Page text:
Wednesday, October 22, 2008

Rove, Rove, Rove Your Vote

After fours years of suffering through George W. Bush's first term, and three and a half years of having to suffer through his second, many of us have been wondering what it will take for this country to wake up and make some fundamental changes regarding how this country is run. Finally, we've seen an answer. Apparently it takes a perfect storm of disasters to shake people into cognizance of the downward spiral we're all taking. Apparently it takes a faltering economy, a disastrous war, skyrocketing fuel prices, an increasingly worthless dollar, and the realization that we still haven't caught bin Laden--dead or alive--to rile the majority of Americans up.

As sad as it may be that it takes that much for people to demand change, that's reality. And so with the country being driven into the ground by the current crop of Republicans, Americans are demanding--finally-- a real change in power. Polls around the country are showing widespread support for a Barack Obama presidency. Virginia--a state once staunchly Republican--now boasts a majority of its voters favoring Obama. Other typically red states such as Colorado and Florida are showing similar trends. Nationwide, polls show Obama with anywhere from a 6- to 10-point lead over McCain.

But the election is far from over. Anyone who's paid any attention at all to American politics in the past ten years knows that something isn't right. Republicans don't just let things like this happen. That McCain is down so low in the polls makes me think that the Republicans aren't entirely focused on convincing people to vote for the Arizona senator and his Alaskan sidekick. Instead, they're exploring all the ways that they can obtain enough votes to fill the White House for another four, horrific years.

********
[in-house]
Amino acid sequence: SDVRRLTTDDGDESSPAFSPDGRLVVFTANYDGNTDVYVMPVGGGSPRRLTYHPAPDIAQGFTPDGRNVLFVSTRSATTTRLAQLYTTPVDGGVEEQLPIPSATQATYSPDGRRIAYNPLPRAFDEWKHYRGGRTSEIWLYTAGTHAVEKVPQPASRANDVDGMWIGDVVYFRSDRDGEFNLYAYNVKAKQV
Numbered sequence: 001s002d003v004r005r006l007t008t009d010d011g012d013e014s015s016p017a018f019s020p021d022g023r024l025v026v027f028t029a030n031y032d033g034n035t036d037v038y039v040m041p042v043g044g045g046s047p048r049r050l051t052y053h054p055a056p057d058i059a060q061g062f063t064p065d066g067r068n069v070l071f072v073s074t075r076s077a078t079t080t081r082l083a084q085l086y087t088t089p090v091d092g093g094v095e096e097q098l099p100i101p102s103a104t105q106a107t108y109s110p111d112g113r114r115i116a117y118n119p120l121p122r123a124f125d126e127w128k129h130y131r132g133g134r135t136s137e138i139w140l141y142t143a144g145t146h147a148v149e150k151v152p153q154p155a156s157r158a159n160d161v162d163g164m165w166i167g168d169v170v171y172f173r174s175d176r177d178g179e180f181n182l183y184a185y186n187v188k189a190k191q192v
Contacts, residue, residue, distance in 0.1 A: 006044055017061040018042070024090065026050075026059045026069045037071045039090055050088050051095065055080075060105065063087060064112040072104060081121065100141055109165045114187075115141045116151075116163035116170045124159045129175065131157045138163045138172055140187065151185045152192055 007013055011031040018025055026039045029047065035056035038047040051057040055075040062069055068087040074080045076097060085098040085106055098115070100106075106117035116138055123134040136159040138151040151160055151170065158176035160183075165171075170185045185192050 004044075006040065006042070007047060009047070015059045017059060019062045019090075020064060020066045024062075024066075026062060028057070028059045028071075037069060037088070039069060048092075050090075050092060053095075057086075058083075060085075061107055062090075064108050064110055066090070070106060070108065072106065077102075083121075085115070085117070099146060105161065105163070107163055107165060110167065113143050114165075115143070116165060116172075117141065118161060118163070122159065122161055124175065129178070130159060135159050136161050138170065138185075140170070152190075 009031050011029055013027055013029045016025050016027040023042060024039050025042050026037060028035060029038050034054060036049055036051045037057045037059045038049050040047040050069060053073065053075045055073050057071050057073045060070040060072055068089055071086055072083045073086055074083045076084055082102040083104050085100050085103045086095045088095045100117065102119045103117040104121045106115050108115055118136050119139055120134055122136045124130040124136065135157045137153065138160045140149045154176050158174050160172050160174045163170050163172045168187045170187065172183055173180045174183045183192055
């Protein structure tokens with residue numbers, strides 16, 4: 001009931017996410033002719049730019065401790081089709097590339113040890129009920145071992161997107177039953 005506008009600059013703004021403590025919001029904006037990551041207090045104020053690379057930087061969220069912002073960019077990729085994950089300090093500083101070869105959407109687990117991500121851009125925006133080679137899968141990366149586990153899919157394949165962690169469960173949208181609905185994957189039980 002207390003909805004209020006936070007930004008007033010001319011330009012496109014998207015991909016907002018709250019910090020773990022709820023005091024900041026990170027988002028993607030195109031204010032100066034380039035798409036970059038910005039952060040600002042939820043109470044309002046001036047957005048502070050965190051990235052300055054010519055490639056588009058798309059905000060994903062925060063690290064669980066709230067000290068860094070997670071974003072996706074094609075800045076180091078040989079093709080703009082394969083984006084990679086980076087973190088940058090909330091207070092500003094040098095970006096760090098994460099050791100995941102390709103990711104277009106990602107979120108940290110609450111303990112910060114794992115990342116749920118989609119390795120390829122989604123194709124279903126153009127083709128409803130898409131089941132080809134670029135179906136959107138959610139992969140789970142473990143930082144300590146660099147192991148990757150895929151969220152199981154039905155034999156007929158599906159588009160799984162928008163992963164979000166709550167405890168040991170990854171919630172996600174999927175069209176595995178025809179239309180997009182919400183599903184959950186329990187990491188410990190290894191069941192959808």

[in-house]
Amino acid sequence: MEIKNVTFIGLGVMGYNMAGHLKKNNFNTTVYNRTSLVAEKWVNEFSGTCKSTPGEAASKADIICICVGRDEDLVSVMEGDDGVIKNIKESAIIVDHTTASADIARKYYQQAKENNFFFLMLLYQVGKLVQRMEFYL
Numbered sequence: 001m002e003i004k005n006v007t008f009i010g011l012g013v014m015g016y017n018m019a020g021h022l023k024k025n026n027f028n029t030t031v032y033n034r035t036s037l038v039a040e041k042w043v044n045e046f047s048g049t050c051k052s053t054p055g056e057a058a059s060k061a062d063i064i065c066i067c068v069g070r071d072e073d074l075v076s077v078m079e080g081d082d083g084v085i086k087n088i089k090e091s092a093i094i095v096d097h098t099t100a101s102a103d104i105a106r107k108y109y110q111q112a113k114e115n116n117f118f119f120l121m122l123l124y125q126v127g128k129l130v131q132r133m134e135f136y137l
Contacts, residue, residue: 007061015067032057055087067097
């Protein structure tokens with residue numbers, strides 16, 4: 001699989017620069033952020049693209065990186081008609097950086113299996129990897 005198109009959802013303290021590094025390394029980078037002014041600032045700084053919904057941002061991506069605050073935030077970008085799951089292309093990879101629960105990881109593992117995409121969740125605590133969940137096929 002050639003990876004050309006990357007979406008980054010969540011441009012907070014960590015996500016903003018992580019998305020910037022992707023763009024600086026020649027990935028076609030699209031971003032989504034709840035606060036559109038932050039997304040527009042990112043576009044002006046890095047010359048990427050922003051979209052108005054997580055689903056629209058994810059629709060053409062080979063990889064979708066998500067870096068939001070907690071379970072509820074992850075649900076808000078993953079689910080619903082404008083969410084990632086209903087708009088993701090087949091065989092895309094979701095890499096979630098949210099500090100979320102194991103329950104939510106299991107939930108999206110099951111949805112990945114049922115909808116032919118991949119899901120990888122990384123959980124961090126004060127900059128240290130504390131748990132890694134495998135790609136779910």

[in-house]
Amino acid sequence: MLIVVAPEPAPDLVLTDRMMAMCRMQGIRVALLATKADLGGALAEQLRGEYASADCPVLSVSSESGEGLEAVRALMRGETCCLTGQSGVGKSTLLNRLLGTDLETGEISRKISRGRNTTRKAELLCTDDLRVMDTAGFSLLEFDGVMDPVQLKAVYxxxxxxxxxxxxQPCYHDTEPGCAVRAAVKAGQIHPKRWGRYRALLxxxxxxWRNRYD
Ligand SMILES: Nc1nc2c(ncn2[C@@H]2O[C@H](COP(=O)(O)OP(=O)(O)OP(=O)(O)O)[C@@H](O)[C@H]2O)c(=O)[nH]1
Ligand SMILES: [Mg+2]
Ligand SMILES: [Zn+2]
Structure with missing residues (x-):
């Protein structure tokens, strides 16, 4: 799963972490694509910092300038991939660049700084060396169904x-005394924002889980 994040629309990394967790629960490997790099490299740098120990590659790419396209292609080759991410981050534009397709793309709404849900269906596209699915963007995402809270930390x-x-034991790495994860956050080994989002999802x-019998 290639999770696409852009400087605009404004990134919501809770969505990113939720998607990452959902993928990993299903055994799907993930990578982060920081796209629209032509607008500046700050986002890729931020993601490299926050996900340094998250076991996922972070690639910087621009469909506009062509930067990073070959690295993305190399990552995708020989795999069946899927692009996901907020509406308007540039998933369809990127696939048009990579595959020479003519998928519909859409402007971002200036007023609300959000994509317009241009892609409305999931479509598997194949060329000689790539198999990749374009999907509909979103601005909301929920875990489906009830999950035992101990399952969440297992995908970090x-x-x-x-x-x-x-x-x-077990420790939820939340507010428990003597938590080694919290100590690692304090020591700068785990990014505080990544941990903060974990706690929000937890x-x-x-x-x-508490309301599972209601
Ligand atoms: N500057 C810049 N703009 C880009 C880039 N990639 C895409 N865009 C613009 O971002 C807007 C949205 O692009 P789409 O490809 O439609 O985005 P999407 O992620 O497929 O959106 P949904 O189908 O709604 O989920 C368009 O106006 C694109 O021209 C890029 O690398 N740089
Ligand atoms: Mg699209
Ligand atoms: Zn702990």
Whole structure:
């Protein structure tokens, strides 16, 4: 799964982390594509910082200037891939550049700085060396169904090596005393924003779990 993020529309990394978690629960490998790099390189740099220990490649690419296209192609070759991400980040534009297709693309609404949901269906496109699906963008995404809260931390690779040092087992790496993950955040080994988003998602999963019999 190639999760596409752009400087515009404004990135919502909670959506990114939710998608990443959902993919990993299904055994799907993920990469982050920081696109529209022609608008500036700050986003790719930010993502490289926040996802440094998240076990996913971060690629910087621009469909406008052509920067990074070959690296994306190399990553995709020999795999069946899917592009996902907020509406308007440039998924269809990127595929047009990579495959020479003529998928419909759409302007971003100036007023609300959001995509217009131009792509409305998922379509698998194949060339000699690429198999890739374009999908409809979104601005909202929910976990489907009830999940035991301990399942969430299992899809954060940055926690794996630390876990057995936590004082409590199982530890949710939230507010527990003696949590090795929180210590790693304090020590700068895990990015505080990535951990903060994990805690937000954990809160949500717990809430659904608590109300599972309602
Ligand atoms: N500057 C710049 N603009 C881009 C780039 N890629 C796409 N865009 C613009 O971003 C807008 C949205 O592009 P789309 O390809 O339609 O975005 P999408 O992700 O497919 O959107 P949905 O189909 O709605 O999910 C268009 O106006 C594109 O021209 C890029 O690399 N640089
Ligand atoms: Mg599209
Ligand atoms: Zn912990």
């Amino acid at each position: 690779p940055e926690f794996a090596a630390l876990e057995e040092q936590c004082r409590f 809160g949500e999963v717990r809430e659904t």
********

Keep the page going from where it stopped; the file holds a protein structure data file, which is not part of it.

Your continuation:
So what are they up to?

I can only guess, but here are a few thoughts I have on the subject.

First and foremost, when I said that Republicans don't let things like this happen, what I really meant was that Karl Rove doesn't let things like this happen. Karl Rove is widely regarded as the mastermind behind George W's presidential campaigns (as well as many of W's damaging policies.) During the 2000 presidential election (which incidentally followed a successful primary for Bush, during which Rove orchestrated a smear campaign against none other than John McCain), Rove & Co learned an important lesson: you don't need a majority of the voters to win an election. Many debates remain surrounding the 2000 election, but one aspect that is not up for debate is that Al Gore won the majority of the popular vote. It also just so happened that in Florida--the most hotly contested state of '00--the Republicans had numerous operatives already in place, including Katherine Harris, and George's own brother and the state's governor, Jeb Bush.